The turning point of the decision below, then, is that in order to prove the crime of keeping or maintaining this sort of common nuisance, that is, a place which is resorted to by narcotic drug addicts for the purpose of using narcotic [93 U.S.App.D.C. 122] drugs,3 it must be shown that such drugs were or had been kept on the premises, and this was not done. But the statute does not so provide and we do not think this requirement must be read into it by implication. A place may be one to which addicts resort for the purpose of using drugs though the presence of drugs is not shown. Of course drugs ordinarily would be present in such a resort, or on persons there. Proof of this would strengthen the prosecution's case. But that the place is one to which addicts come to use narcotics is capable of being shown by other facts and circumstances. It is a permissible inference, for example, that a gathering of drug addicts, with their paraphernalia designed for the use of drugs, at a place where known addicts come from time to time, is for the purpose of using drugs. The inference is of course not a necessary one. But we are unable to agree that the absence of proof of the presence of drugs requires acquittal as matter of law. The accusation is not the use of drugs but of keeping a place resorted to by addicts for the purpose of their use. This may be proved without necessarily establishing affirmatively that the purpose could be successfully carried out at a particular time.4 We must not confuse evidence which would aid in obtaining a conviction with the constituent elements of the crime itself. To do so would in effect rewrite the statute to cover the crime condemned only if it were proved in a certain manner.


A number of other grounds are presented by the accused as justification for holding that his conviction was erroneous and, therefore, its reversal by the court below should in any event be upheld. But we brought the case here to review the question decided below which we have discussed. In the division of judicial responsibility it would be unwise for us to consider initially in this case, though we could do so, other errors assigned in the Municipal Court of Appeals and not passed upon by that court. All questions other than the one disposed of remain open for its consideration.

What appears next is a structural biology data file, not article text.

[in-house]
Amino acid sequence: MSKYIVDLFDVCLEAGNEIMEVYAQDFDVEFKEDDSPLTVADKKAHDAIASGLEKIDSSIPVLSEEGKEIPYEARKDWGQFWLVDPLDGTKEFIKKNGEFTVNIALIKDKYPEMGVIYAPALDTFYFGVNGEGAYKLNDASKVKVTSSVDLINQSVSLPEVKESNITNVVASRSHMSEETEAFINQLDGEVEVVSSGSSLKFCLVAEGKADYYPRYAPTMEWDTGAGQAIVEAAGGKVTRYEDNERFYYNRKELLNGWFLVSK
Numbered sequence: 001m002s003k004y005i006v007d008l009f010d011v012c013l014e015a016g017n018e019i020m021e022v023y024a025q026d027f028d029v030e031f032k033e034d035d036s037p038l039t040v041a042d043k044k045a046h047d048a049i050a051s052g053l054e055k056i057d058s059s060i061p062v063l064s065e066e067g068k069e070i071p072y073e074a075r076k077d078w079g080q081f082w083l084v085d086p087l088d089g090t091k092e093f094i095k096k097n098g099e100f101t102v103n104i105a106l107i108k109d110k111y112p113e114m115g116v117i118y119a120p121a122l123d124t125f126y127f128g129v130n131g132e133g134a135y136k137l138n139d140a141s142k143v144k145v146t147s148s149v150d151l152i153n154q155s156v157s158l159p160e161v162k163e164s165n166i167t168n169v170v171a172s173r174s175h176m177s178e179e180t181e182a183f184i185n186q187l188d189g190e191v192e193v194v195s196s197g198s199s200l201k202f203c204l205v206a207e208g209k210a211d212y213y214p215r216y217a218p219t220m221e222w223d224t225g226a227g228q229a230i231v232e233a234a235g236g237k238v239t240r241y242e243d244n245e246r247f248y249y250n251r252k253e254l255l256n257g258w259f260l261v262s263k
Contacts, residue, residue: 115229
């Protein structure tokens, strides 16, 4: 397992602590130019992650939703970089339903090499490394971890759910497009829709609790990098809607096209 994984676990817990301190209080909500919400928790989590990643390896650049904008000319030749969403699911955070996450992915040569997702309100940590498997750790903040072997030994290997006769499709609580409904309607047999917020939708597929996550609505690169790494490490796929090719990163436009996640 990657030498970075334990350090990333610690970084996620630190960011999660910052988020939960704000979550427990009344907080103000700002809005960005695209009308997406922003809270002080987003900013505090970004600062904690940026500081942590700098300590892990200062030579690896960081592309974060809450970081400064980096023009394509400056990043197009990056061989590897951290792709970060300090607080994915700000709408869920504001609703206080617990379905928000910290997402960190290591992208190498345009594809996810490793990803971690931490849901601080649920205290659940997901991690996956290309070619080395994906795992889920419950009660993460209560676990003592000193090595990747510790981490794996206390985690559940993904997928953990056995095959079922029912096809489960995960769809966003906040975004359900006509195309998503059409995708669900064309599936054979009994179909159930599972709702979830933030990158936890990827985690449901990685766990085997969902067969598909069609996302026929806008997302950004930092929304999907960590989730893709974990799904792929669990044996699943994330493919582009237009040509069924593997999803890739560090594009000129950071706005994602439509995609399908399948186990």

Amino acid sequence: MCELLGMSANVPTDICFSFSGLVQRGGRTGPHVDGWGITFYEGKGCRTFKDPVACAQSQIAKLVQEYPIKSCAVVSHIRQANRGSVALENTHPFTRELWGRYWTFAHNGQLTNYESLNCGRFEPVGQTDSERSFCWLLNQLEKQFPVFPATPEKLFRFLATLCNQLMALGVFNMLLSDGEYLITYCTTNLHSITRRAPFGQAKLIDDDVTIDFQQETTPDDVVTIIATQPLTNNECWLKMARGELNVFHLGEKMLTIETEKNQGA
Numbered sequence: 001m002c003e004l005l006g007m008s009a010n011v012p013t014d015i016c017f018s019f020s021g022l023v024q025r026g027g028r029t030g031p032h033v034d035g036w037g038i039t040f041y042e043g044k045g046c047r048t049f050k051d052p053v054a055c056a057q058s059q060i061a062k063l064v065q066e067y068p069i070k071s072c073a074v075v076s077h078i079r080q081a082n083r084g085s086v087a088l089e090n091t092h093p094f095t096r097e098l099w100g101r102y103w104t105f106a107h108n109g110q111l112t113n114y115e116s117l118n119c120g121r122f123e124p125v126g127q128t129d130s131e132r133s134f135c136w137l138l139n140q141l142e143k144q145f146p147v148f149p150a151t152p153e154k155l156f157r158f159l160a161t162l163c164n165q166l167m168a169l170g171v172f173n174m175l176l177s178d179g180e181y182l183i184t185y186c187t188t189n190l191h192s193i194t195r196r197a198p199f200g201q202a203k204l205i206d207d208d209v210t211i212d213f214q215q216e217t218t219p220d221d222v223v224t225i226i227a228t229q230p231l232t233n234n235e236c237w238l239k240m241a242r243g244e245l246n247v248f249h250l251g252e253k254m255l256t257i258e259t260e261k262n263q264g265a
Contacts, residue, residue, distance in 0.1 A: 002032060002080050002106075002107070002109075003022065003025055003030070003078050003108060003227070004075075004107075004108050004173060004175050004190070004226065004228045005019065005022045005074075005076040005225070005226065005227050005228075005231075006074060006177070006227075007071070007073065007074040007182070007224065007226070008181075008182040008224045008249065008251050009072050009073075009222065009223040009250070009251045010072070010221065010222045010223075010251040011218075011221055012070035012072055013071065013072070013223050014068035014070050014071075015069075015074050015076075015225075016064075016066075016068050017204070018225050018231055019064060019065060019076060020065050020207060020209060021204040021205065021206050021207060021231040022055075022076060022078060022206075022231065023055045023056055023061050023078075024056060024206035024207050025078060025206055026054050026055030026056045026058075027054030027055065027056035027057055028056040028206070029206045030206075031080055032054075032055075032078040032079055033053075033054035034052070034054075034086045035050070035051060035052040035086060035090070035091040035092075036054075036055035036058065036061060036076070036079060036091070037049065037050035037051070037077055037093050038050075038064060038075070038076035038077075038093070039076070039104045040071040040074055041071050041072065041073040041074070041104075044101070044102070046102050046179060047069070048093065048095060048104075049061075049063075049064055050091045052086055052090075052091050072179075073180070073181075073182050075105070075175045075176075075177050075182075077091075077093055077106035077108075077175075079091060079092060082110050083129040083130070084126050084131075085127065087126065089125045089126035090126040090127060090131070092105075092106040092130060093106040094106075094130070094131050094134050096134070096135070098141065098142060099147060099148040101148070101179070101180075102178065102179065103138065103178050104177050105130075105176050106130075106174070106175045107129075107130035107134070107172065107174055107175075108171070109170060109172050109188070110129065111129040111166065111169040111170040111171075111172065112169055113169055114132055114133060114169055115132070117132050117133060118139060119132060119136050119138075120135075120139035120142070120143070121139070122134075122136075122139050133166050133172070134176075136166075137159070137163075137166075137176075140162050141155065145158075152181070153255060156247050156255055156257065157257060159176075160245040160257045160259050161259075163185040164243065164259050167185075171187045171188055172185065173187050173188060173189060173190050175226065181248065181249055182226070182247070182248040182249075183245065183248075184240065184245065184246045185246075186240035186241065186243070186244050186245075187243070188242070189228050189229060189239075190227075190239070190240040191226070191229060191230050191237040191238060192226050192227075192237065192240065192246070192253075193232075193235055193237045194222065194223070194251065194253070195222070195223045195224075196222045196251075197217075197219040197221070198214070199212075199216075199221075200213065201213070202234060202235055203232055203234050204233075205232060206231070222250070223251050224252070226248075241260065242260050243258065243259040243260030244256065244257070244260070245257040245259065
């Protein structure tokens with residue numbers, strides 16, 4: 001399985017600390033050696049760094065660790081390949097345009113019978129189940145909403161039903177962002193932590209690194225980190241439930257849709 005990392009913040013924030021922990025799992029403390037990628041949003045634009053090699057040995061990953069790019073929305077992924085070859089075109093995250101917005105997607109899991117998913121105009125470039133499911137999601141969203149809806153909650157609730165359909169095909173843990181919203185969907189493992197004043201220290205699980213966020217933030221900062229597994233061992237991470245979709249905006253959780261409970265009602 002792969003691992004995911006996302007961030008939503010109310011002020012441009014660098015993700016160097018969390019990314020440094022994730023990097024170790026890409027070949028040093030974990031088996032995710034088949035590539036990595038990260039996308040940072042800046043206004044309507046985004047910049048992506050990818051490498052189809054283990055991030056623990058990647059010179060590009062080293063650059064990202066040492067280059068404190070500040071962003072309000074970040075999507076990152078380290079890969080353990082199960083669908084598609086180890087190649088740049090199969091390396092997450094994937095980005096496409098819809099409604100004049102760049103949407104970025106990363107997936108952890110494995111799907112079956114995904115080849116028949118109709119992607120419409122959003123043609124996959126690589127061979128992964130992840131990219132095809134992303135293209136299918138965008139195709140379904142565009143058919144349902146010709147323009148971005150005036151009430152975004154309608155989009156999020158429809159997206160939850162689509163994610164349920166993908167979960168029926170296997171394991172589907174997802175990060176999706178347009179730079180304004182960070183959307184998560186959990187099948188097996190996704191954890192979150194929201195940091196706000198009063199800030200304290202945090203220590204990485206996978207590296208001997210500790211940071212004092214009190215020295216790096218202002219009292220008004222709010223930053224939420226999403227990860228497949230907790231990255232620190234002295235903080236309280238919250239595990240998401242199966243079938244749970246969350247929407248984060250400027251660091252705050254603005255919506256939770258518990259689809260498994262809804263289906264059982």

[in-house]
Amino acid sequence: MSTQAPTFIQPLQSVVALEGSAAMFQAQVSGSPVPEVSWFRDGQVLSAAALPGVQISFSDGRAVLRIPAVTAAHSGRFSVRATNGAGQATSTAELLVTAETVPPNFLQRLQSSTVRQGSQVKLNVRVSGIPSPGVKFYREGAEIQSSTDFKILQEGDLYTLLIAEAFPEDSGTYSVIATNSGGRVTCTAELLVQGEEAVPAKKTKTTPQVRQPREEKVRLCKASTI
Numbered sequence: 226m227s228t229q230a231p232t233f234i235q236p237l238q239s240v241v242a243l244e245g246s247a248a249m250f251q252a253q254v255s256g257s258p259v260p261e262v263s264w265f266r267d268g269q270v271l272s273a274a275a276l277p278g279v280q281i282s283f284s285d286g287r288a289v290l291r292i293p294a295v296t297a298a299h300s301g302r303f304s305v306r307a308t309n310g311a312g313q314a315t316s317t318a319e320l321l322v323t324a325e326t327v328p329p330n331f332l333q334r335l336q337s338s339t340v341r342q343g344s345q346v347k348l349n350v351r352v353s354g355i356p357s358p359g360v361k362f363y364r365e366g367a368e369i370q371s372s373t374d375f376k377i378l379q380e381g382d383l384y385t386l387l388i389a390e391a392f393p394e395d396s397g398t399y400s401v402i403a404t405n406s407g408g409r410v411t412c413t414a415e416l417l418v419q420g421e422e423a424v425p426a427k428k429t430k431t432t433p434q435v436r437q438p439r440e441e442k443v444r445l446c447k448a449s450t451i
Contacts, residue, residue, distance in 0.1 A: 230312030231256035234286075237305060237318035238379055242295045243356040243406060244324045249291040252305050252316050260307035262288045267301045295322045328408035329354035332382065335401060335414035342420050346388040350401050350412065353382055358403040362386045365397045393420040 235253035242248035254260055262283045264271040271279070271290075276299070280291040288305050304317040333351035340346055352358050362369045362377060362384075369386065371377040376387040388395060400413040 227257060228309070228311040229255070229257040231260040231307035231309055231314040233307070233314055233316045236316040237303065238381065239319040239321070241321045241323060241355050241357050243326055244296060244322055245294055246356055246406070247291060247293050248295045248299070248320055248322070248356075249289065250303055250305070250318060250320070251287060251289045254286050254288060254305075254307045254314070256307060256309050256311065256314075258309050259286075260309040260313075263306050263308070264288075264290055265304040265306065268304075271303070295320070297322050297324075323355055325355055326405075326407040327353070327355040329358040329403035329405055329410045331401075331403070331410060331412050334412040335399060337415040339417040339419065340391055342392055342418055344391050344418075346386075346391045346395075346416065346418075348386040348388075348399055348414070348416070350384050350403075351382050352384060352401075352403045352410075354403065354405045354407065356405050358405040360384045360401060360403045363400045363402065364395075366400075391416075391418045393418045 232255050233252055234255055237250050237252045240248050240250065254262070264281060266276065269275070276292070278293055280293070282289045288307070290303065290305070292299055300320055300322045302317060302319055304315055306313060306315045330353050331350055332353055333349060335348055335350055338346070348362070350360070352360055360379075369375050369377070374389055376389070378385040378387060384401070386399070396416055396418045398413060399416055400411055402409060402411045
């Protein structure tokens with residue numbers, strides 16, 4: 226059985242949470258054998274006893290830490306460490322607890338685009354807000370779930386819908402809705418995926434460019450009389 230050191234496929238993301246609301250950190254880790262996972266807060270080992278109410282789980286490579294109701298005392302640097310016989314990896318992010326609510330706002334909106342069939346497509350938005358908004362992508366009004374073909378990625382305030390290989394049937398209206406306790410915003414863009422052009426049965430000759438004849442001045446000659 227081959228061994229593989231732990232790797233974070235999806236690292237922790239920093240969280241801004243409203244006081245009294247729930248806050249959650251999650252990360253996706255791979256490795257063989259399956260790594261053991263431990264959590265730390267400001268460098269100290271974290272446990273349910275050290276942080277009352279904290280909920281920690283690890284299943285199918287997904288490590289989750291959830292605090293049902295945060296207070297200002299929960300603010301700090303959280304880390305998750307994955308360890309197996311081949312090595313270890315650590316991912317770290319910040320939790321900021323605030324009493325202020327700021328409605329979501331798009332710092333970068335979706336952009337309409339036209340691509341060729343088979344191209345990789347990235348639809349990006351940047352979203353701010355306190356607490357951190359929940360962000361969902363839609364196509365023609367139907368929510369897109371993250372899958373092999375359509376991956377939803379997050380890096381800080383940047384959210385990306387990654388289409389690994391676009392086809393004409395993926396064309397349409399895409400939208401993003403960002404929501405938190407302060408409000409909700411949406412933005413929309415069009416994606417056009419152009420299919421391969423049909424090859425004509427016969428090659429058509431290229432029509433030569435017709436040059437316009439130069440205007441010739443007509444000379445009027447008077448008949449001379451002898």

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Reversed and remanded for further proceedings consistent with this opinion.

1 Rule 1 of the Rules of the United States Court of Appeals for the District of Columbia Governing review of cases from the Municipal Court of Appeals for the District of Columbia, 75 U.S.App.D.C. 415, 418. See Sec. 11-773, D.C. Code (1951).

The opinion of the Municipal Court of Appeals is reported at 94 A.2d 473.

2 'Any person violating any provision of this chapter, or of any regulation made by the Board of Pharmacy under authority of said sections, shall upon conviction be punished, for the first offense, by a fine of not less than $100 nor more than $1,000, or by imprisonment for not exceeding one year, or by both such fine and imprisonment, and for any subsequent offense by a fine of not less than $500 nor more than $5,000, or by imprisonment for not exceeding ten years, or by both such fine and imprisonment.'

3 On the appeal in this court the Government takes the position that it was not entitled to a conviction under the provisions of the statute applicable to premises used for the illegal keeping or selling of narcotic drugs.

4 It was not shown that drugs were not or had not been on the premises. There was simply a lack of sufficient proof that they had been or were present; that is, that the 'capsules' had narcotic drug content.